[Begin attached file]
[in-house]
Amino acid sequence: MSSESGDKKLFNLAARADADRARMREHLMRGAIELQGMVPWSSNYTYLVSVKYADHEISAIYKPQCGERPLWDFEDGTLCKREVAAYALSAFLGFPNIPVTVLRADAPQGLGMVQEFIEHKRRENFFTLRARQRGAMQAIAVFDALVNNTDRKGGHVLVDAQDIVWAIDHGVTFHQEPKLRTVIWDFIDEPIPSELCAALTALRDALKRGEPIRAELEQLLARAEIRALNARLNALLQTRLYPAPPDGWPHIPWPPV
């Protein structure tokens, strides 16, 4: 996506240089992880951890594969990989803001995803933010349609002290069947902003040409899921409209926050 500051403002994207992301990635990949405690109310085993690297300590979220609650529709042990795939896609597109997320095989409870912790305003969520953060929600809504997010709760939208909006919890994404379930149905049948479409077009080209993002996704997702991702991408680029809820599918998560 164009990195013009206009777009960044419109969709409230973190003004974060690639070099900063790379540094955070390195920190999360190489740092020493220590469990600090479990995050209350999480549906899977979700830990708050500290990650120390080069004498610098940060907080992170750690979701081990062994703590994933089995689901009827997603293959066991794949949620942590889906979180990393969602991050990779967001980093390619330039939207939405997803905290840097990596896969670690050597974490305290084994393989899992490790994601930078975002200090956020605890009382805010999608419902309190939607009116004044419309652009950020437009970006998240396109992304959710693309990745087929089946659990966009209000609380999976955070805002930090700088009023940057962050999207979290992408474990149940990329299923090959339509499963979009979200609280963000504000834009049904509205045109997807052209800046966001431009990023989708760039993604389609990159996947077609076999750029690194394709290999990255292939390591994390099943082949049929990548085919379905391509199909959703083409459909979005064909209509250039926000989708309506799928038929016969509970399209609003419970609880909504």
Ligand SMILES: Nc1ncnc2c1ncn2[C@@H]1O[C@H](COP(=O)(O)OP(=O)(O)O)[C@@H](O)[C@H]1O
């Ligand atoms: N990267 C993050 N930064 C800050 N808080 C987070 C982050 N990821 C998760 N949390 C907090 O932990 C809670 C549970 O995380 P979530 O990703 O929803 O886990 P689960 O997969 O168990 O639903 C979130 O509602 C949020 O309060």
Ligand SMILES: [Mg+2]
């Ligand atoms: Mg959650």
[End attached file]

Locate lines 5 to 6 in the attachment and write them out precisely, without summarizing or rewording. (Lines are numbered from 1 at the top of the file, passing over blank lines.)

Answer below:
């Ligand atoms: N990267 C993050 N930064 C800050 N808080 C987070 C982050 N990821 C998760 N949390 C907090 O932990 C809670 C549970 O995380 P979530 O990703 O929803 O886990 P689960 O997969 O168990 O639903 C979130 O509602 C949020 O309060």
Ligand SMILES: [Mg+2]